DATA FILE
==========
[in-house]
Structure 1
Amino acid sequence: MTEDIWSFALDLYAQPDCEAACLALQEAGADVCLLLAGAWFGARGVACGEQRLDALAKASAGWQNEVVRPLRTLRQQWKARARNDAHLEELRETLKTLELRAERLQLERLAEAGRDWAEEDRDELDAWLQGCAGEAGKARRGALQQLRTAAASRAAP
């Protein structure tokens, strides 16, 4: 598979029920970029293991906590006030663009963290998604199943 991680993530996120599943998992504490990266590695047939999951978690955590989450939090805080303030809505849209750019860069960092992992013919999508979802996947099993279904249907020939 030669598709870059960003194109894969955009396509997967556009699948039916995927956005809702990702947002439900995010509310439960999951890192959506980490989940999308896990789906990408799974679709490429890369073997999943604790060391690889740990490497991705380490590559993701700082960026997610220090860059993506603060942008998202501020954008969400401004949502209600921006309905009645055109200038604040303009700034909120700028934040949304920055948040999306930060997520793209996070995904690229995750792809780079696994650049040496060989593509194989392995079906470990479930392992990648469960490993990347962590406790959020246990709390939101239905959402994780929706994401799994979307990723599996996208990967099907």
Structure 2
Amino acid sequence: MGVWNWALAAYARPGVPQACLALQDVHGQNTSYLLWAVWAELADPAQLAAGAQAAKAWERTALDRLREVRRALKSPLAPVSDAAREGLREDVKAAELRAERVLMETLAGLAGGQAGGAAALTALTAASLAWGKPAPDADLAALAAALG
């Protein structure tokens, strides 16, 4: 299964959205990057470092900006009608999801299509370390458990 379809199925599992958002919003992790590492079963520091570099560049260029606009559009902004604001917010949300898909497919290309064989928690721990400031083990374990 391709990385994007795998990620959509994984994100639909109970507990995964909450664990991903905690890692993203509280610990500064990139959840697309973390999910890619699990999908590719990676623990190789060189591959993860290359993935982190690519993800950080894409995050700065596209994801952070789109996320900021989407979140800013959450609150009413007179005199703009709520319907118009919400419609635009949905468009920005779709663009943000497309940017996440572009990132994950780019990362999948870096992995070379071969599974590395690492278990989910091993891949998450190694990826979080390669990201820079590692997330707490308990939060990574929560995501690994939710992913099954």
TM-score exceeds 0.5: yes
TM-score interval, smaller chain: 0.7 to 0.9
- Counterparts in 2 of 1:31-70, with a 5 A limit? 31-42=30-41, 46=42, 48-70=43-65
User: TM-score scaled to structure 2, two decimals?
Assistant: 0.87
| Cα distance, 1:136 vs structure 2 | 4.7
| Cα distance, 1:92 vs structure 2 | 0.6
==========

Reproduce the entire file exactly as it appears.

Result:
[in-house]
Structure 1
Amino acid sequence: MTEDIWSFALDLYAQPDCEAACLALQEAGADVCLLLAGAWFGARGVACGEQRLDALAKASAGWQNEVVRPLRTLRQQWKARARNDAHLEELRETLKTLELRAERLQLERLAEAGRDWAEEDRDELDAWLQGCAGEAGKARRGALQQLRTAAASRAAP
């Protein structure tokens, strides 16, 4: 598979029920970029293991906590006030663009963290998604199943 991680993530996120599943998992504490990266590695047939999951978690955590989450939090805080303030809505849209750019860069960092992992013919999508979802996947099993279904249907020939 030669598709870059960003194109894969955009396509997967556009699948039916995927956005809702990702947002439900995010509310439960999951890192959506980490989940999308896990789906990408799974679709490429890369073997999943604790060391690889740990490497991705380490590559993701700082960026997610220090860059993506603060942008998202501020954008969400401004949502209600921006309905009645055109200038604040303009700034909120700028934040949304920055948040999306930060997520793209996070995904690229995750792809780079696994650049040496060989593509194989392995079906470990479930392992990648469960490993990347962590406790959020246990709390939101239905959402994780929706994401799994979307990723599996996208990967099907």
Structure 2
Amino acid sequence: MGVWNWALAAYARPGVPQACLALQDVHGQNTSYLLWAVWAELADPAQLAAGAQAAKAWERTALDRLREVRRALKSPLAPVSDAAREGLREDVKAAELRAERVLMETLAGLAGGQAGGAAALTALTAASLAWGKPAPDADLAALAAALG
């Protein structure tokens, strides 16, 4: 299964959205990057470092900006009608999801299509370390458990 379809199925599992958002919003992790590492079963520091570099560049260029606009559009902004604001917010949300898909497919290309064989928690721990400031083990374990 391709990385994007795998990620959509994984994100639909109970507990995964909450664990991903905690890692993203509280610990500064990139959840697309973390999910890619699990999908590719990676623990190789060189591959993860290359993935982190690519993800950080894409995050700065596209994801952070789109996320900021989407979140800013959450609150009413007179005199703009709520319907118009919400419609635009949905468009920005779709663009943000497309940017996440572009990132994950780019990362999948870096992995070379071969599974590395690492278990989910091993891949998450190694990826979080390669990201820079590692997330707490308990939060990574929560995501690994939710992913099954």
TM-score exceeds 0.5: yes
TM-score interval, smaller chain: 0.7 to 0.9
- Counterparts in 2 of 1:31-70, with a 5 A limit? 31-42=30-41, 46=42, 48-70=43-65
User: TM-score scaled to structure 2, two decimals?
Assistant: 0.87
| Cα distance, 1:136 vs structure 2 | 4.7
| Cα distance, 1:92 vs structure 2 | 0.6